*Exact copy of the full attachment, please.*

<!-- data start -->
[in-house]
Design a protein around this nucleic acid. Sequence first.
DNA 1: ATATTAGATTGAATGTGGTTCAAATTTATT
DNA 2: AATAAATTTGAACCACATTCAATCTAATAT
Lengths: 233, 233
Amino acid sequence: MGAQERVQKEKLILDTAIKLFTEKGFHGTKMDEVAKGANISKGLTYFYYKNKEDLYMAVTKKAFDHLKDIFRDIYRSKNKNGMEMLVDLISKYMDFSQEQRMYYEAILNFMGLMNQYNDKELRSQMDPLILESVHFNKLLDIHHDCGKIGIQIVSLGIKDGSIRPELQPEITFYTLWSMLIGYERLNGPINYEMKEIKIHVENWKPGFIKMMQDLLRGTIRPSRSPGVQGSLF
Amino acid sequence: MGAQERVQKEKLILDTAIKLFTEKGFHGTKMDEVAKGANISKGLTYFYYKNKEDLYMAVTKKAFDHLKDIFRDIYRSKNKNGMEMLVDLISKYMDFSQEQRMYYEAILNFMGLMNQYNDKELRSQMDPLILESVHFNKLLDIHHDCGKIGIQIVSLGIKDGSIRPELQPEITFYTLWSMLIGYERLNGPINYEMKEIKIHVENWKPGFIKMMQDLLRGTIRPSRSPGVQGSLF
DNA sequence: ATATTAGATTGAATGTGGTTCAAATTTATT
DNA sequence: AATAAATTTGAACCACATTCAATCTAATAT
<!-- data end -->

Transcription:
[in-house]
Design a protein around this nucleic acid. Sequence first.
DNA 1: ATATTAGATTGAATGTGGTTCAAATTTATT
DNA 2: AATAAATTTGAACCACATTCAATCTAATAT
Lengths: 233, 233
Amino acid sequence: MGAQERVQKEKLILDTAIKLFTEKGFHGTKMDEVAKGANISKGLTYFYYKNKEDLYMAVTKKAFDHLKDIFRDIYRSKNKNGMEMLVDLISKYMDFSQEQRMYYEAILNFMGLMNQYNDKELRSQMDPLILESVHFNKLLDIHHDCGKIGIQIVSLGIKDGSIRPELQPEITFYTLWSMLIGYERLNGPINYEMKEIKIHVENWKPGFIKMMQDLLRGTIRPSRSPGVQGSLF
Amino acid sequence: MGAQERVQKEKLILDTAIKLFTEKGFHGTKMDEVAKGANISKGLTYFYYKNKEDLYMAVTKKAFDHLKDIFRDIYRSKNKNGMEMLVDLISKYMDFSQEQRMYYEAILNFMGLMNQYNDKELRSQMDPLILESVHFNKLLDIHHDCGKIGIQIVSLGIKDGSIRPELQPEITFYTLWSMLIGYERLNGPINYEMKEIKIHVENWKPGFIKMMQDLLRGTIRPSRSPGVQGSLF
DNA sequence: ATATTAGATTGAATGTGGTTCAAATTTATT
DNA sequence: AATAAATTTGAACCACATTCAATCTAATAT